This Popular Sleep Aid May Be Harmful to Kids

There’s no quick fix that gets kids to sleep sooner, better, deeper. But melatonin comes pretty close.While medical experts don’t have much bad to say to adults about using melatonin, which isn’t a pharmaceutical rather a health supplement, some are concerned when it comes to regular use in children.

A recent New York Times Well blog post reported that while a lot of parents have given melatonin for their kids because it works—doctors don’t actually know whether it’s doing harm in the long run. Children’s brains are still growing and developing, and melatonin is a synthetic form of a hormone the pineal gland produces, and which signals to the brain it’s time for sleep.

“I think we just don’t know what the potential long-term effects are, particularly when you’re talking about young children,” said Dr. Judith Owens, director of the Center for Pediatric Sleep Disorders at Boston Children’s Hospital. “Parents really need to understand that there are potential risks.”

Research isn’t conclusive but some suggests that it could have effects not just on the brain but on other systems developing in children: reproductive, cardiovascular, immune and metabolic.

Melatonin has known possible side effects for adults, including “headaches, dizziness and daytime grogginess,” the Times reports. That last one is what makes it a sleep aid and also dangerous for drivers who might use it. The hormone-like substance, which is also found in foods like barley and walnuts, can also interfere with medications for blood pressure and diabetes.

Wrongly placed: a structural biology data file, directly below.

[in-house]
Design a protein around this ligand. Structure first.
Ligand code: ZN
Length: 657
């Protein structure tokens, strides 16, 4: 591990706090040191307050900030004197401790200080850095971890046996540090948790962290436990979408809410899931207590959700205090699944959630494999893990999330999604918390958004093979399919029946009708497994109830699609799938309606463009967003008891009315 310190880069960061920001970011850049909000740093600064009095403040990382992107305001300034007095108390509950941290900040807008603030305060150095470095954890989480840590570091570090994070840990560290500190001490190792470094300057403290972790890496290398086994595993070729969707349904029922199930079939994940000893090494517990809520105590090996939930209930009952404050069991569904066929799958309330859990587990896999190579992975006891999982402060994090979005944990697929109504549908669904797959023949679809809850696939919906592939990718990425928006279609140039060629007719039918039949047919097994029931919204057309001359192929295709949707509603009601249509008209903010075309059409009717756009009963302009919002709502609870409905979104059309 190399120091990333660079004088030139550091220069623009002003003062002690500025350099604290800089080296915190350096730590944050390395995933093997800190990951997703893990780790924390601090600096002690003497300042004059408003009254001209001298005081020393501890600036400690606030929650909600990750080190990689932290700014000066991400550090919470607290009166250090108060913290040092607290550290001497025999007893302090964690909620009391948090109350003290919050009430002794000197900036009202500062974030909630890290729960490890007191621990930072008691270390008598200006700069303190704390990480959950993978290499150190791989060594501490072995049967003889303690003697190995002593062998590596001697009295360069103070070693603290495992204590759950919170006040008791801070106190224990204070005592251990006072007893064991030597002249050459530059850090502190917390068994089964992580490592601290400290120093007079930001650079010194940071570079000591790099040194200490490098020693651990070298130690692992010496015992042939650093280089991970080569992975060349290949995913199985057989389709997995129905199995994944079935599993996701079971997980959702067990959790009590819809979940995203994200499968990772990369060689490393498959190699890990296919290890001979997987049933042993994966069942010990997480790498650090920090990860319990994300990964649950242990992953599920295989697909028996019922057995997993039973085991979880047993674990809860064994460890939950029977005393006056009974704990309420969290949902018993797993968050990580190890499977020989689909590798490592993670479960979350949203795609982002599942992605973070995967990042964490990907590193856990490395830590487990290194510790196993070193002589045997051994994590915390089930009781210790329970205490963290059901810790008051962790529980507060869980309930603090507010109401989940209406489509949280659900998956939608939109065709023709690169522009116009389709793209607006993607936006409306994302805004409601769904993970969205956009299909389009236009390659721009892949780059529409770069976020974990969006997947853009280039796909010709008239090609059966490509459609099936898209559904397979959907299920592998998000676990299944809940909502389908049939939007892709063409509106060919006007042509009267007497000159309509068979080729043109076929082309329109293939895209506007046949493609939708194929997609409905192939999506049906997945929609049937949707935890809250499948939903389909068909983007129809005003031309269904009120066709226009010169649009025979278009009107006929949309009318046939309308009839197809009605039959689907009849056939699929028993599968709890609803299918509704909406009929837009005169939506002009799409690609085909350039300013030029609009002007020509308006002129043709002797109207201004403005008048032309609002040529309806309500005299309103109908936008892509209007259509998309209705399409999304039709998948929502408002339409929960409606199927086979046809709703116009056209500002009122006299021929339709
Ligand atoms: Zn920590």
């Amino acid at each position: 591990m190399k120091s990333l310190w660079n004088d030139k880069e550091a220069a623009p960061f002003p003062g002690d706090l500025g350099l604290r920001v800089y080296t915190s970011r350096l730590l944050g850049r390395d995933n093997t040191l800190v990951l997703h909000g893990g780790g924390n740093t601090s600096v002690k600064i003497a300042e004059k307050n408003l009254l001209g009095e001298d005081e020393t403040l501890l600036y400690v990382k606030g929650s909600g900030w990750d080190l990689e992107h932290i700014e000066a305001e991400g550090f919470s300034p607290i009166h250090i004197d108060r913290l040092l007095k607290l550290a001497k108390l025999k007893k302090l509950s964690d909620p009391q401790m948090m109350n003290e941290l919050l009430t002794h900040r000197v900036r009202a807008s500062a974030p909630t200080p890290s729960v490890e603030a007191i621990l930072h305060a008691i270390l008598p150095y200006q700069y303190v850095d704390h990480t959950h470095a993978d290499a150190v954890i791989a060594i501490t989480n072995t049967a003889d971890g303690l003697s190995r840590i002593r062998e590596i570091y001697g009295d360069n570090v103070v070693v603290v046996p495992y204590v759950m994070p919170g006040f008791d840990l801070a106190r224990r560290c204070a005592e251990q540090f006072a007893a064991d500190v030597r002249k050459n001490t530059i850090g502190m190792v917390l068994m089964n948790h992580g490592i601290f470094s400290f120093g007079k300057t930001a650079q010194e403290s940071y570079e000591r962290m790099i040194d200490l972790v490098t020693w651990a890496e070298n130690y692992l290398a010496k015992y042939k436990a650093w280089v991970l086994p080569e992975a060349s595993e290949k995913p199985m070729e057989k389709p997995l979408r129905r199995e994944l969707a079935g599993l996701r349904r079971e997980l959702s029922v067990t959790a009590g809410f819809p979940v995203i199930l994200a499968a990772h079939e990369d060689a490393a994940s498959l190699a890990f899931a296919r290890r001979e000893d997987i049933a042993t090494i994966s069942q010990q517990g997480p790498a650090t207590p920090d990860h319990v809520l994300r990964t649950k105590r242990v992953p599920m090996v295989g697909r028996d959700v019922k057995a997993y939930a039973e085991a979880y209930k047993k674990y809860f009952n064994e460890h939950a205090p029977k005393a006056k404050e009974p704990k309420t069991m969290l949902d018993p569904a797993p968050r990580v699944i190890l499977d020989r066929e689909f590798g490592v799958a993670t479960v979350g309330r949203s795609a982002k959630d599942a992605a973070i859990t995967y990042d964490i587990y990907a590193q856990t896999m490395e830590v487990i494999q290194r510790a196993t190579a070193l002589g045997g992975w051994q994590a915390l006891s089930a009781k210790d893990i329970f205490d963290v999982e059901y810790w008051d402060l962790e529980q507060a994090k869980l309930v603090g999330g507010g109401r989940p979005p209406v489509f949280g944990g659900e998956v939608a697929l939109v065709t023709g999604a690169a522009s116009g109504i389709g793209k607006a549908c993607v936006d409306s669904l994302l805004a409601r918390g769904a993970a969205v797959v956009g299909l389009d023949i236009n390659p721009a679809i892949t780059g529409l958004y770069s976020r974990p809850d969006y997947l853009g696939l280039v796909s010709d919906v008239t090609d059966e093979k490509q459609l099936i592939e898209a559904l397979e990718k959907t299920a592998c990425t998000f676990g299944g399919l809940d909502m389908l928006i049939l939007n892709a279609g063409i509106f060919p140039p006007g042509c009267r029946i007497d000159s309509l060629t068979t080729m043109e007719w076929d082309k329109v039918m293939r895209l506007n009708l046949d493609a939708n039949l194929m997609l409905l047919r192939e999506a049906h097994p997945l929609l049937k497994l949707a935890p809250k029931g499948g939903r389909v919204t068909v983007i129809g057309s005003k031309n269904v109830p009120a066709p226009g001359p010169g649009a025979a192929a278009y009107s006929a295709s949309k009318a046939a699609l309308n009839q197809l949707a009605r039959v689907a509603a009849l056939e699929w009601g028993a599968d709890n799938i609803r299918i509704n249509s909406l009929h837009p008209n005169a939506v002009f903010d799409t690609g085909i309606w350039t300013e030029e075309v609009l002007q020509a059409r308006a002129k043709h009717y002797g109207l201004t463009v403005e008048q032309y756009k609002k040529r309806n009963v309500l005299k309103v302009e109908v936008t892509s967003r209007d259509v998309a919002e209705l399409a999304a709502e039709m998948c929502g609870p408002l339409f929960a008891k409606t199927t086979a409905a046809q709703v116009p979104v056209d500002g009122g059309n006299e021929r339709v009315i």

When researchers looked into consistency across melatonin products, they found that 71 percent of their samples were at least 10 percent off from the written dose.

Doctors who treat sleep disorders in children have long known parents turn frequently turn to melatonin to help their kids with sleep issues, often picking up the pills at a health food store and not telling their own doctors—a mistake.

“I rarely see a family come in with a child with insomnia who hasn’t tried melatonin,” Owns said. “I would say at least 75 percent of the time when they come in to see us” at the sleep clinic, “they’re either on melatonin or they’ve tried it in the past.”

For those who give it to their children, Owens recommends letting their child’s doctor know. She also said the pills should be picked up from a reputable source. Because they’re not regulated by the Food and Drug Adminstration, there’s no way of know how much of the useful ingredient is in each pill. Buy “pharmaceutical grade,” which tend to have “more precise dosing levels.”

When researchers looked into consistency across melatonin products, they found that 71 percent of their samples were at least 10 percent off from the written dose. In fact—and this is where parents, particularly, should be cautious—some contained nearly 5 times the dosage written on the label.